So I think it's less the example given and far more the attitude behind it. The movie Thirteen, for example, opened with a scene that I found particularly affecting -- Girl A turns to Girl B, smirks, and says "nice socks." There is nothing wrong with Girl B's socks. There's nothing even really striking about Girl B's socks, except maybe the fact that she's wearing socks (we're talking those tiny booties that you wear primarily to keep your feet from sweating up your dainty white sneakers.) Girl B was certainly not the only person in the scene that had socks on -- it was all about the attitude. (The implication was that socks and sneakers were babyish; girl A had on no socks and chunky black heels, if I recall, but none of this was expensive stuff and these were not rich girls.)

Perhaps the girl who pleases the teacher is being babyish in submitting to adult authority rather than trying to behave as an adult in her own right, whereas Fashionista (who, ironically, isn't really buying any of her things herself) is acting like more of a woman, wearing the sexy clothing, being the one to decide what is sexy clothing, even if she's not obtaining it on her own and it's all still an imitation. Because, even to impress Fashionista, does it always have to be the shoes or bag that she approves of? Or just a really cool bag or shoes? I think I'm getting back to force of personality -- if you're cool enough your shoes become cool by virtue of being yours (and if your personality is as forceful or more forceful than Fashionista's). Chicken or egg?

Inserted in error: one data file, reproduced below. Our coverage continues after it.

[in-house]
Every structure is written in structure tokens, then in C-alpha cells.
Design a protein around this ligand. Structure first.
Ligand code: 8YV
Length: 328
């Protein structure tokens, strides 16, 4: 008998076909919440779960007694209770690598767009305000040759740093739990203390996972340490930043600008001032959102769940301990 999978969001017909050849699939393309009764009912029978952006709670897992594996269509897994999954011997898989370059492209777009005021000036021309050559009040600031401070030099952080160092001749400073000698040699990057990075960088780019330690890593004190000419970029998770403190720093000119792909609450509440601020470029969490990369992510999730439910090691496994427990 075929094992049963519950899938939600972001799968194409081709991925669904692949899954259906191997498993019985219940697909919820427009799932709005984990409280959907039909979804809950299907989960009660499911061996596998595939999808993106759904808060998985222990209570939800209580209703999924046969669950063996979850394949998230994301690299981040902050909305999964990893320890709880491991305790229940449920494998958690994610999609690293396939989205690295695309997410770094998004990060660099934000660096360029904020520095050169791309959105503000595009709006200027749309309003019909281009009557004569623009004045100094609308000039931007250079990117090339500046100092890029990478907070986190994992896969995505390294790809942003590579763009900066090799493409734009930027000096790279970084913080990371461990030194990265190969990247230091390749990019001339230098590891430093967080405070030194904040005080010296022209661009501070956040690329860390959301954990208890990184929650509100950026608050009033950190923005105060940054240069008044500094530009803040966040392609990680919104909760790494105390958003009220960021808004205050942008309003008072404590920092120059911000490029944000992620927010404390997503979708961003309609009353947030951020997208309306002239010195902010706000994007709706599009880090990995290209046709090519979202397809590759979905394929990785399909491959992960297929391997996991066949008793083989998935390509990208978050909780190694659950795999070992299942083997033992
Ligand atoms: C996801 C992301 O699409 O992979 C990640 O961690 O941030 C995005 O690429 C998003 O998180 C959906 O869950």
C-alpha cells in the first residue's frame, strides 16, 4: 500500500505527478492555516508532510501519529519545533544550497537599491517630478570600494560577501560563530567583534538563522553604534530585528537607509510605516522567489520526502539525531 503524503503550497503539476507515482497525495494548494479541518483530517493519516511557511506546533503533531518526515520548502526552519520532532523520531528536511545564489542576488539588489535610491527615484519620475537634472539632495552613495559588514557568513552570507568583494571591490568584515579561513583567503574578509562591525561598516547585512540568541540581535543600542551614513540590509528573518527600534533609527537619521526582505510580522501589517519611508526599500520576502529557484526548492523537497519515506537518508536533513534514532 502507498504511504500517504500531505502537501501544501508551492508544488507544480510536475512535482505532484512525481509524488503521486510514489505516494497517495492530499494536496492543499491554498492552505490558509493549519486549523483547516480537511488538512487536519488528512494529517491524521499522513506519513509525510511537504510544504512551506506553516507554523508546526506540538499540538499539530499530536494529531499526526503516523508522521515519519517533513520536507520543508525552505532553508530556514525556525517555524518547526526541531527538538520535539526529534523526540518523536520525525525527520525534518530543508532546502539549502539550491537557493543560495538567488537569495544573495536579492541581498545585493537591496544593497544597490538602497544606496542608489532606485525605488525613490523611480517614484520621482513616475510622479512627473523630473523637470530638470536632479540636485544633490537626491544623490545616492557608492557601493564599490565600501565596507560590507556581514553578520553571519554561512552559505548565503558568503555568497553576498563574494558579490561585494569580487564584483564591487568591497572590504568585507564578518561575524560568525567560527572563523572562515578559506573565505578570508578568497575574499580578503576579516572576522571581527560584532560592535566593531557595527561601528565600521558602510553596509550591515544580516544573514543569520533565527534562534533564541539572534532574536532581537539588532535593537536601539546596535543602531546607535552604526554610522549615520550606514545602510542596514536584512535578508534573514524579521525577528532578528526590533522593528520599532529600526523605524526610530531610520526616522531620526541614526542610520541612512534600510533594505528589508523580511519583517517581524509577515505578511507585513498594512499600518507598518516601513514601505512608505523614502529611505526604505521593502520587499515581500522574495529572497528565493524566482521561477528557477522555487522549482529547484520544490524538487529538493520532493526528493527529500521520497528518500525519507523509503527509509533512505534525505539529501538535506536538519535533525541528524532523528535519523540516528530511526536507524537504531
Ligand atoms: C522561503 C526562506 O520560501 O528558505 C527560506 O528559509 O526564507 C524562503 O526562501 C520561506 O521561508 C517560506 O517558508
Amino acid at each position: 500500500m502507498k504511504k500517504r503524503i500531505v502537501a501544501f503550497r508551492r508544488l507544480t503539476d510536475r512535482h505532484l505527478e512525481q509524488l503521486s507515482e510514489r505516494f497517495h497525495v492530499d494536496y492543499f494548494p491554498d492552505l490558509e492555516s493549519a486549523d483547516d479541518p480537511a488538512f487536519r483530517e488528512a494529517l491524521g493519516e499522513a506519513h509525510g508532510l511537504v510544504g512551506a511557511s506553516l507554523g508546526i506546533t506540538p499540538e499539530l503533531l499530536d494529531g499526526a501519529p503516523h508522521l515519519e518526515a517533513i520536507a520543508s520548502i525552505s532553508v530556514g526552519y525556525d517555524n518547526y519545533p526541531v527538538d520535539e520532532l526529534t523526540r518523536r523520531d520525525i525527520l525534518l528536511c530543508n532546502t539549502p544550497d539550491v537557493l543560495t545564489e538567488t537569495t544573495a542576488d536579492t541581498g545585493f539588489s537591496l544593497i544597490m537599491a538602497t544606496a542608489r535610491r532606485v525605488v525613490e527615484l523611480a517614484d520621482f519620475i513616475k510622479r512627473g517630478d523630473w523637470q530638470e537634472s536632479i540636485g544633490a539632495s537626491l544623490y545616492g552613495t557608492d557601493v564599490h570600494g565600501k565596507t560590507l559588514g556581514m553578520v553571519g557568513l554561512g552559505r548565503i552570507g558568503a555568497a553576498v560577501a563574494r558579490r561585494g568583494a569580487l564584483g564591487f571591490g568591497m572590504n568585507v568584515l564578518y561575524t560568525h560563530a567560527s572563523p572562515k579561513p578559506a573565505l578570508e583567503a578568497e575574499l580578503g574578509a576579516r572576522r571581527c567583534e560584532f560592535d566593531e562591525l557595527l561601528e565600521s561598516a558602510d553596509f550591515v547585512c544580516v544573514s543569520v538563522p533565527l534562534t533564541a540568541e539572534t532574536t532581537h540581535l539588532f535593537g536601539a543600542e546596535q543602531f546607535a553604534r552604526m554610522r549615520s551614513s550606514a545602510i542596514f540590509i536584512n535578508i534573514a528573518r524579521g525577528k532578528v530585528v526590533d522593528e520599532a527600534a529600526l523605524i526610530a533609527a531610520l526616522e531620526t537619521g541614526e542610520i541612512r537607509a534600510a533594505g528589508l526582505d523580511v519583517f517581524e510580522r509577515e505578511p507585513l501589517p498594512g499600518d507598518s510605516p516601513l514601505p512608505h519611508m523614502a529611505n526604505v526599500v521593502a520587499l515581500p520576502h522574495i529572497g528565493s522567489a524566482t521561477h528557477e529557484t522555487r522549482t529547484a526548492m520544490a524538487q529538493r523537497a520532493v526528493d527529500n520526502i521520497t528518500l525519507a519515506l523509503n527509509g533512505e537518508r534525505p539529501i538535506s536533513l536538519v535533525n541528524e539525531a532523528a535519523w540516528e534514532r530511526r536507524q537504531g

As for the mini-chick-lit books -- does it seem to anyone else that real wealthy people are less about the Prada label and more about quality? Not so flashy, more about generally dressing well, dressing expensively conservatively? Prouder of heirloom items than collecting fad items...
I don't know ... I guess I was remembering how important it was to me to feel like I could defy conventional values by how I dressed when I was a teenager. If some old biddy had praised me back then, (I was about twenty-nine when I met that girl, but that was twice her age) I think I might have felt that maybe I wasn't quite so all-fired independent and unique as I liked to hope. I had faith that the Camden girl would get a broader perspective as she got older, but in the meantime, defining her identity as non-conformist was important to her, which is an honorable principle at base, so best to let her play it out. I think it's an early stage of the healthy desire to think for yourself and decide on your own identity; the first few years you're trying it out, you can overdo it a bit, but the basic impulse was one that would carry her safe through life, so I thought I'd give it room to stretch its limbs.

I see what you mean, Wolfa - the anti-hero? Who gets to do fun, evil stuff that normal people can't get away with? If that was the case, possibly chicklet lit is a fantasy in which you don't get punished for behaviour that gets stepped on in real life.

I think there can be an element of tension following the hero/villain - I remember, for instance, being on the edge of my seat during the scene in Psycho where Antony Hopkins is trying to get the car to sink in the swamp. Even though I knew he was the bad guy, the way the story was told made it hard not to get anxious about the fix he was in. I don't think it's quite the same as the story actually endorsing his values, but then, I haven't seen Dexter, so maybe it does it there...?

I'm not sure I know any 'real wealthy people'. How wealthy are we talking? :-)
Yes, I suppose it's a bit anti-hero. It's also a bit of the Harry Potter phenomenon -- it's useful to have all your friends reading the same books.